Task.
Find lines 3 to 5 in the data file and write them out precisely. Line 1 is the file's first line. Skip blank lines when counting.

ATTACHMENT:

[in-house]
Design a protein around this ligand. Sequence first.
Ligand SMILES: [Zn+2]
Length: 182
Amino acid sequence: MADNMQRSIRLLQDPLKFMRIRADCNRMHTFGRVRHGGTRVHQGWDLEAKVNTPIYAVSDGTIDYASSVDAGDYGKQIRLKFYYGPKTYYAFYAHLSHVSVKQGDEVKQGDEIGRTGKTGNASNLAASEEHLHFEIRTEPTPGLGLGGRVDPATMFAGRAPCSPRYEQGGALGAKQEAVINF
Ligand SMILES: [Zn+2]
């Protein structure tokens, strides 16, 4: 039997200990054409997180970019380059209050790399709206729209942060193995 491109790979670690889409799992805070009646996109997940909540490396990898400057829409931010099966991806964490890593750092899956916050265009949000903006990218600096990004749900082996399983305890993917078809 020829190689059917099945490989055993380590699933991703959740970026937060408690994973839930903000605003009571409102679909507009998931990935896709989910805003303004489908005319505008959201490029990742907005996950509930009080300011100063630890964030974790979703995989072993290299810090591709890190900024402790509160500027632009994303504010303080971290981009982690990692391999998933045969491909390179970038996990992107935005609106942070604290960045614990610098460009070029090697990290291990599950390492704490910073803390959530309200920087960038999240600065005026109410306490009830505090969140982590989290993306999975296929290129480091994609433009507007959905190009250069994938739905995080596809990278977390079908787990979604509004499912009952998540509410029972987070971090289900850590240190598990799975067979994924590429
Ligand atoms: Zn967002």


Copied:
Ligand SMILES: [Zn+2]
Length: 182
Amino acid sequence: MADNMQRSIRLLQDPLKFMRIRADCNRMHTFGRVRHGGTRVHQGWDLEAKVNTPIYAVSDGTIDYASSVDAGDYGKQIRLKFYYGPKTYYAFYAHLSHVSVKQGDEVKQGDEIGRTGKTGNASNLAASEEHLHFEIRTEPTPGLGLGGRVDPATMFAGRAPCSPRYEQGGALGAKQEAVINF